Ninja Throw [$0.99 / HD], the latest casual game from Chillingo’s Clickgamer brand, is a physics-based puzzler with a decent implementation of some interesting ideas for the puzzle genre. Unfortunately, like so many puzzle titles before it, Ninja Throw fails to strike that balance between difficulty and longevity, leading to a game that is simply too easy and too short. However, despite these concerns, Ninja Throw is still worth a play through for gamers that aren’t too caught up on challenges.
Taking control of a ninja that encounters way too many obstructions, your goal is to toss shurikens and hit the gong on the other side of the level. Various barriers, such as poles and boxes of TNT impede your shuriken’s path. Thankfully, there’s a variety of environmental aids to help you get past those barriers and hit that gong. Premise wise, Ninja Throw really doesn’t offer anything new to the genre, as fans of similar physics-based puzzlers are going to be familiar with the general gameplay. However, some of its environmental supports bring a twist to the gameplay.
There are two kinds of tools available to the ninja: clouds which change the direction of your shrunken, and sensei that use their telekinetic powers that either pull your shuriken towards them or push them away. The sensei are the crux of all the strategic gameplay in Ninja Throw, and are my favorite element in the game. Basically, each sensei has a telekinetic aura around them which alters the path of the shuriken depending on how deep into the aura you throw it. Later levels allow you to manually place your sensei which let you nail otherwise impossible shots. Placement of sensei actually requires a basic understanding of gravitation push/pull and is the hardest concept to master (but is also the most fun).
Folks that feel like some of the concepts may be too hard need not worry as Ninja Throw has a lot of game decisions that make it pretty easy. For one, each level has a ton of shurikens to experiment with. In addition, each shuriken’s path is telegraphed on the screen with a dotted line, making it very easy to fine-tune throws and cloud/sensei placement. Also, Ninja Throw has a lot of tutorial-esque levels that do a good job introducing each concept, meaning that players will have a lot of practice before they have to complete the hard levels.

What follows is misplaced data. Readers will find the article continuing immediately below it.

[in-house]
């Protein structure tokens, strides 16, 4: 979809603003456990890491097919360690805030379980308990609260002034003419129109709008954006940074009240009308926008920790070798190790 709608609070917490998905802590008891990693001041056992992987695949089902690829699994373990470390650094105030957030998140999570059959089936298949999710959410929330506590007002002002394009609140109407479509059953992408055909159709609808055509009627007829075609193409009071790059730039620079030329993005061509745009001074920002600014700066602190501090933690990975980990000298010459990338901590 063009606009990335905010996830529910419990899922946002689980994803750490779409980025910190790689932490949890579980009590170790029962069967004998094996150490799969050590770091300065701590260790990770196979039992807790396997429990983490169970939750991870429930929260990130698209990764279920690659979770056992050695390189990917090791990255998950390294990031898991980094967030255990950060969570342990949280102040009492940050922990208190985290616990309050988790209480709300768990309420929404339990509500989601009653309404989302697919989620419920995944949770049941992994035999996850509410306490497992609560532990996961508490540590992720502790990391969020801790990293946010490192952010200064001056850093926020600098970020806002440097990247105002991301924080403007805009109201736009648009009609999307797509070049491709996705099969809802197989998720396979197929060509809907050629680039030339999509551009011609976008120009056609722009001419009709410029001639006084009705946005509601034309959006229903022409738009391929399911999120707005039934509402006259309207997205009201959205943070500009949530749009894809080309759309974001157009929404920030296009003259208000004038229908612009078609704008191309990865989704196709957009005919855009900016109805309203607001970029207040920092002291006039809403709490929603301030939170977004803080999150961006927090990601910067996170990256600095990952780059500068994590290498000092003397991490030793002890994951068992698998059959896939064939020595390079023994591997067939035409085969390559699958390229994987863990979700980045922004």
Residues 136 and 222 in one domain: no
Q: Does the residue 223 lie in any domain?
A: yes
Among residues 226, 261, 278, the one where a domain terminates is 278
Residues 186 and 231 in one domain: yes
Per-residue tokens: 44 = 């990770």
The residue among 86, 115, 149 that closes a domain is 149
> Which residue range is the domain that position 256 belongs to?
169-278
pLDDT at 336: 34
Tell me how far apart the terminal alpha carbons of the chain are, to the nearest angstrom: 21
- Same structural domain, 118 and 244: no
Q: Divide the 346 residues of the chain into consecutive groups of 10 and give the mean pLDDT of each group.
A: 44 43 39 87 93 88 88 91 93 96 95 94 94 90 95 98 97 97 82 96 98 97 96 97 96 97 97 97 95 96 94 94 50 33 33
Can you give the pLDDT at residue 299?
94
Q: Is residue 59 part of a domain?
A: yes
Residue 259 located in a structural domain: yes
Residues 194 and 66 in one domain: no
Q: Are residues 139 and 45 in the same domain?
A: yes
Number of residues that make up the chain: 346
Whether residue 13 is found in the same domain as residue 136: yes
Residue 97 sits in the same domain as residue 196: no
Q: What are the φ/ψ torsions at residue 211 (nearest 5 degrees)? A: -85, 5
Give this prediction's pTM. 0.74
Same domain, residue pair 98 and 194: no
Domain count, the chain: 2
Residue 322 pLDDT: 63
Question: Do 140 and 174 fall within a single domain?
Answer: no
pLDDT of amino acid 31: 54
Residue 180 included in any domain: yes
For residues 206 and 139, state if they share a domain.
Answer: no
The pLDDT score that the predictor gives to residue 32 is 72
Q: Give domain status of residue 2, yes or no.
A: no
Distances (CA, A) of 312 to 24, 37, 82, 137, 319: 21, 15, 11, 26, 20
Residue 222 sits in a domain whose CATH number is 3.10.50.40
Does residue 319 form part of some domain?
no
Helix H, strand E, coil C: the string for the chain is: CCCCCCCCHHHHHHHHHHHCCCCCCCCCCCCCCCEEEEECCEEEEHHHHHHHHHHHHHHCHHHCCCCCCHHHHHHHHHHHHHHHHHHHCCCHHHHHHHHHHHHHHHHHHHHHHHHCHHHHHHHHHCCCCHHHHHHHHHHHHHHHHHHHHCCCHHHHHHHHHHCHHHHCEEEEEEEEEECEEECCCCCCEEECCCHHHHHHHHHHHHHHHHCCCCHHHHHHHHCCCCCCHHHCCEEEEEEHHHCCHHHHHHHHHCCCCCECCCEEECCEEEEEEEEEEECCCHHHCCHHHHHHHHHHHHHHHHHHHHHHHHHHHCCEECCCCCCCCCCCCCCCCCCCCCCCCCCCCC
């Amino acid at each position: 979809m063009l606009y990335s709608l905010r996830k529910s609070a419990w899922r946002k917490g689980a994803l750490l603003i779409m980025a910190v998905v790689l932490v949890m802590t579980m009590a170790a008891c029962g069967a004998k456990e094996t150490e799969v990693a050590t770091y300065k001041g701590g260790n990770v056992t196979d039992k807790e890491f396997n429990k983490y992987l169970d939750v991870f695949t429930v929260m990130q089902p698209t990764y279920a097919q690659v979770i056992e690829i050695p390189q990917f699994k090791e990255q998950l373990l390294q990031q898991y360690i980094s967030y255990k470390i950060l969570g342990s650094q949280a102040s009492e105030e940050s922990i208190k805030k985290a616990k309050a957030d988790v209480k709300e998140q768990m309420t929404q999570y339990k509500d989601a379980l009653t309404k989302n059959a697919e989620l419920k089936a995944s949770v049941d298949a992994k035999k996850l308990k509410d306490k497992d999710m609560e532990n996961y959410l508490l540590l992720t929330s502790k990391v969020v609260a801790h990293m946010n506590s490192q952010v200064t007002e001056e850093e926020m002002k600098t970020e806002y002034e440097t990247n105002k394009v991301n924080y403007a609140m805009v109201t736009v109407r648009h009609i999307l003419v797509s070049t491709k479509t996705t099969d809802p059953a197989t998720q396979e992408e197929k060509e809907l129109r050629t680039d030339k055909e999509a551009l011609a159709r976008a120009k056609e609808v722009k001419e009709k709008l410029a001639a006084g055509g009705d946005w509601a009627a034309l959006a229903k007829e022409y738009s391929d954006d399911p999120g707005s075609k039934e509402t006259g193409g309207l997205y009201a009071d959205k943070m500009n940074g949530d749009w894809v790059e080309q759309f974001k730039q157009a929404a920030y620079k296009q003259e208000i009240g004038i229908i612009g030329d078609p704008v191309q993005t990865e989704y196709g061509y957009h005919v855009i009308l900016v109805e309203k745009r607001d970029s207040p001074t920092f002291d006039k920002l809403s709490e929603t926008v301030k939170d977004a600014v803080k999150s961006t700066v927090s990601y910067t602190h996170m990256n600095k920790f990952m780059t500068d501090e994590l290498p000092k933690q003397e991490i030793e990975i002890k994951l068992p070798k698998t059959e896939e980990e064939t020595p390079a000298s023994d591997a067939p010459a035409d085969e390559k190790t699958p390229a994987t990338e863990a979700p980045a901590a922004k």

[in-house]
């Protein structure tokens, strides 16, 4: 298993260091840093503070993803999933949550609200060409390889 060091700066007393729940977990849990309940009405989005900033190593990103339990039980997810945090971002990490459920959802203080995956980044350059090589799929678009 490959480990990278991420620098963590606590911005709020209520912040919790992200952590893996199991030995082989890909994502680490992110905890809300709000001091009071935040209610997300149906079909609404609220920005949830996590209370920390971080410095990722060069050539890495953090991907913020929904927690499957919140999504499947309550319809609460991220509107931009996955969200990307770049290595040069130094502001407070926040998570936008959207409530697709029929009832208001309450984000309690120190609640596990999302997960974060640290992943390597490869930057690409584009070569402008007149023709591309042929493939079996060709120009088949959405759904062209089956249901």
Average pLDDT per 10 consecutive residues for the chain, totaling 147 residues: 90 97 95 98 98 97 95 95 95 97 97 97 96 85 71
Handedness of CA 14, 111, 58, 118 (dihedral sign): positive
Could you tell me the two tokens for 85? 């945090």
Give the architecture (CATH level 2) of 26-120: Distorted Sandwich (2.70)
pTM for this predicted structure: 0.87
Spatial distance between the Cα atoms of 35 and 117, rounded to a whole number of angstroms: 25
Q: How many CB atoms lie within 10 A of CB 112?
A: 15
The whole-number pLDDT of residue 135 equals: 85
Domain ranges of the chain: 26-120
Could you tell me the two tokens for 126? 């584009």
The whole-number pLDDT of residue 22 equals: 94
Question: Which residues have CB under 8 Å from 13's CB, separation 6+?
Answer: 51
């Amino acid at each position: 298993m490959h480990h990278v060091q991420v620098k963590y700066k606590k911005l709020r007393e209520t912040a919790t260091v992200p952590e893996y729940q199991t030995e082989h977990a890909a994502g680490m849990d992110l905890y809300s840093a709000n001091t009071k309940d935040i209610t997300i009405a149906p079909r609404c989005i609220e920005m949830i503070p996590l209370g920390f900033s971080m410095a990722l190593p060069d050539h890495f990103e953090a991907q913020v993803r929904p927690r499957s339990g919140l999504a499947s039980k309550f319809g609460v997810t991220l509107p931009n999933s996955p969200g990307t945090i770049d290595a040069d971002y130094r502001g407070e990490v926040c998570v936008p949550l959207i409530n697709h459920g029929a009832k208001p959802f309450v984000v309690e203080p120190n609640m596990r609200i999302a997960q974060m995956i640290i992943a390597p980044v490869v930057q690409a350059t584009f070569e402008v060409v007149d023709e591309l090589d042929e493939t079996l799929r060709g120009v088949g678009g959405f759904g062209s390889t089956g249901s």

Unfortunately, my primary complaint with Ninja Throw is that there just aren’t enough hard levels. Once you get past the gaggle of tutorial levels, there are not that many missions that are actually challenging (with the exception of the last tier). Considering there’s only a total of 60-70 missions (depending on the amount of bonus ones you unlock), Ninja Throw has an extremely short gameplay experience. Sure, the three-star scoring system provides some replayability, but it’s still relatively simple to three star most missions and move on.
It really is a shame, because I think a lot of Ninja Throw’s worth is in those difficult missions. I understand the need for a good tutorial system, but there’s no reason why the developer couldn’t have taken the extra time to add a few more sets of missions for folks that speed through the introductory missions. Regardless of the relative lack of content, I still think Ninja Throw tosses out enough interesting ideas to be worth a playthrough, even with the current oversaturation of physics-based puzzlers. However, don’t expect much of a challenge for the most part.